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Feel great, look better and recover faster for under $15

Monday - 8/5/2013, 7:58am  ET

Foamroller.jpg
Foam rollers are tools commonly used by physical therapists and trainers. They cost an estimated $10-$15 and help massage targeted areas of the body and increase blood flow in stiff muscles. (Courtesy Josef Brandenburg)

Josef Brandenburg, special to wtop.com

WASHINGTON - How would you like to reduce your risk for injury, get rid of aches and pains and have more effective workouts? There's a simple solution.

You could get a massage before every workout -- or you could work with a foam roller.

Foam rollers are tools commonly used by physical therapists and trainers. They cost an estimated $10-$15 and help massage targeted areas of the body and increase blood flow in stiff muscles.

Massaging with foam rollers helps everything from sports injuries to more routine body stiffness.

How to Use a Foam Roller

For the best results, you don't need to set aside a ton of time for foam rolling. Working with a foam roller for five to eight minutes, most days of the week, works best.

To use your roller, find the "hot spots" of tension in your body. These are the areas that feel the worst.

Make small and focused rolling movements over the "hot spot" until that area feels more relaxed. If that area has a tension level of 10 before you begin the foam rolling, try to decrease that level to a six or seven. This should take approximately 20-30 seconds.

Working each area of tension should be uncomfortable, but not unbearable. If you find the discomfort is too much to handle, change positions to put less pressure on that spot, or try a softer roller.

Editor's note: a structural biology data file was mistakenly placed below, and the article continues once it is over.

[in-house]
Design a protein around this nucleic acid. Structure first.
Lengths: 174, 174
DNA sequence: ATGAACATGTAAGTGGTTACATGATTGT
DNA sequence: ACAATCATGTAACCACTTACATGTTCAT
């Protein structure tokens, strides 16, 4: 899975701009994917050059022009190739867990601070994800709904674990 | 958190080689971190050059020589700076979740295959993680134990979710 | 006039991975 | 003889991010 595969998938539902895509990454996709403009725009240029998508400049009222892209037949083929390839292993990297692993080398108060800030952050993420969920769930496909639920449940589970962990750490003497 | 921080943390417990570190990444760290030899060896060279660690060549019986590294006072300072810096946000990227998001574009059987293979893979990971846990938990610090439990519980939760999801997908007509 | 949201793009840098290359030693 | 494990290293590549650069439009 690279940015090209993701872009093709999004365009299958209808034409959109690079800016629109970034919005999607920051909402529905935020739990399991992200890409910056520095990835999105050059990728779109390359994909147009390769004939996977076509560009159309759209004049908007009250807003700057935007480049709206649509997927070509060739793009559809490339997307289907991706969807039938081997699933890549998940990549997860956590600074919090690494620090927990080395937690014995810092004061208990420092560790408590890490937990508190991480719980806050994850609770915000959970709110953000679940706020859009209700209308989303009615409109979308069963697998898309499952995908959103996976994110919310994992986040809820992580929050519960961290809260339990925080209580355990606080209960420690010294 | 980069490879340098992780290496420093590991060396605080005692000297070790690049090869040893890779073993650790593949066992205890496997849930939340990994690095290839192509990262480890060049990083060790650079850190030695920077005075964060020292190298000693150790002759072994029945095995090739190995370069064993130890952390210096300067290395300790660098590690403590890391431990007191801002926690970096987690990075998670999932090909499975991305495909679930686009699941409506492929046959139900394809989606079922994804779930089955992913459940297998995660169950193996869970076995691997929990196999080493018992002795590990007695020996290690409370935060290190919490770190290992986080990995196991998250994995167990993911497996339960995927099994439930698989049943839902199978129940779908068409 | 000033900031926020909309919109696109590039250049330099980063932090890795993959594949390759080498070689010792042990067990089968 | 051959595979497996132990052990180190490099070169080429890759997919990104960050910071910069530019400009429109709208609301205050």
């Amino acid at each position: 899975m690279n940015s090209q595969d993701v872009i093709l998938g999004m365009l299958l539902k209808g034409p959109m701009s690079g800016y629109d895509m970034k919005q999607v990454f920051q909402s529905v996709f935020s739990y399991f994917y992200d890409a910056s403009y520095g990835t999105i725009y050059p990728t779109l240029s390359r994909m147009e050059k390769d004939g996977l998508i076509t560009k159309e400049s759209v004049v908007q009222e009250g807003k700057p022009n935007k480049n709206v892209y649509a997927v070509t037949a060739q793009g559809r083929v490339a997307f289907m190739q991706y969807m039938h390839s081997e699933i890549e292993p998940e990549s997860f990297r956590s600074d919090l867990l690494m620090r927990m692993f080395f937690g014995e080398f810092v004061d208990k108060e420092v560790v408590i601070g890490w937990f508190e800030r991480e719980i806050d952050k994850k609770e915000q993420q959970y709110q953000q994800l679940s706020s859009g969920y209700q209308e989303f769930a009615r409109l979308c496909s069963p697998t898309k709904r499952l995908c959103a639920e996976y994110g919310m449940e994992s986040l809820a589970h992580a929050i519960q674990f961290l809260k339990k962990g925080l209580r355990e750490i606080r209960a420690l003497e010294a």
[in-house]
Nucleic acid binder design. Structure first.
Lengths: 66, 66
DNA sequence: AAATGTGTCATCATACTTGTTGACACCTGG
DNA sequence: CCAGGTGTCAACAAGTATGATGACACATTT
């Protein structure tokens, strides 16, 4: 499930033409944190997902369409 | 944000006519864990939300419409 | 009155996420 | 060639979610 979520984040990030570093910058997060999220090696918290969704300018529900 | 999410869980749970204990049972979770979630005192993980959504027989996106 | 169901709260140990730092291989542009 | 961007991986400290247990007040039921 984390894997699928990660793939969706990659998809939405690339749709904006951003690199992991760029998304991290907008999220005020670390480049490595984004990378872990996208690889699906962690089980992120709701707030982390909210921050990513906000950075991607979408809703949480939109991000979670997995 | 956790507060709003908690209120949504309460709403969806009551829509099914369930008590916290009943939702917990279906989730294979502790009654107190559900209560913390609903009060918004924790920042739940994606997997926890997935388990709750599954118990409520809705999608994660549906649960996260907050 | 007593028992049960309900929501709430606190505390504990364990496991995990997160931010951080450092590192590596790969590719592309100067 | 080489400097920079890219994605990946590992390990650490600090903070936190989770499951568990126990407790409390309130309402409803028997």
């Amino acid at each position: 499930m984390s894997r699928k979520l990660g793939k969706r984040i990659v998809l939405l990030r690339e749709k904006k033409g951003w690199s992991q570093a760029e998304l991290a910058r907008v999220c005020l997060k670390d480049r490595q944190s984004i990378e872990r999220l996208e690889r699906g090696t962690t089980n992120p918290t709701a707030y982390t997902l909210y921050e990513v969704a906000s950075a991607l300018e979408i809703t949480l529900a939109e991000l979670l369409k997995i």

After 20-30 seconds on a spot, move along and repeat the steps on the other side of your body.

A Five Minute Foam Roll

If you only have five minutes, here is a good way to invest that time.

  • Lower leg: Shoes, especially those with heels and narrow toe boxes, can really tighten up your lower leg and foot. Stiff ankles usually mean achy knees. Using a foam roller to loosen up your calves and lower leg can help to alleviate ankle and knee pain.

  • Quads: Sitting puts your quadriceps in a short position that can make your core loose and put a lot of stress on your knees. When using the foam roller on the top of your legs, make sure you roll all the way to the front of your hip.

  • Glutes: Sitting makes this area tight, and stiff hips can often make your lower back hurt. Working on your glutes with a foam roller will help to ease muscle discomfort in this area.

  • Upper back: This usually just feels really good after a long day of hunching over your desk. Roll your upper back on top of the foam roller.

  • Arm pits: It may sound strange, but arm pits are an area of convergence, or a place where many muscles come together. Rolling here will help many different areas of the body.

If you want a bonus, try a golf or lacrosse ball on the sole of your foot. This simple trick feels amazing and it loosens up so many other things in the process.

And while foam rolling and self-massage are wonderful, powerful tools, they are not a substitute for proper medical care. If soreness and injuries persist, contact a doctor.

Editor's Note: Josef Brandenburg is a D.C.area fitness expert with 14 years of experience and co-author of the international best-selling book "Results Fitness." In 2004, he started The Body You Want personal training program, which specializes in helping you get the body you want in the available time you have. You can also check out his blog, follow him on Twitter, or check out his fitness videos on YouTube. Follow @WTOP and @WTOPliving on Twitter.

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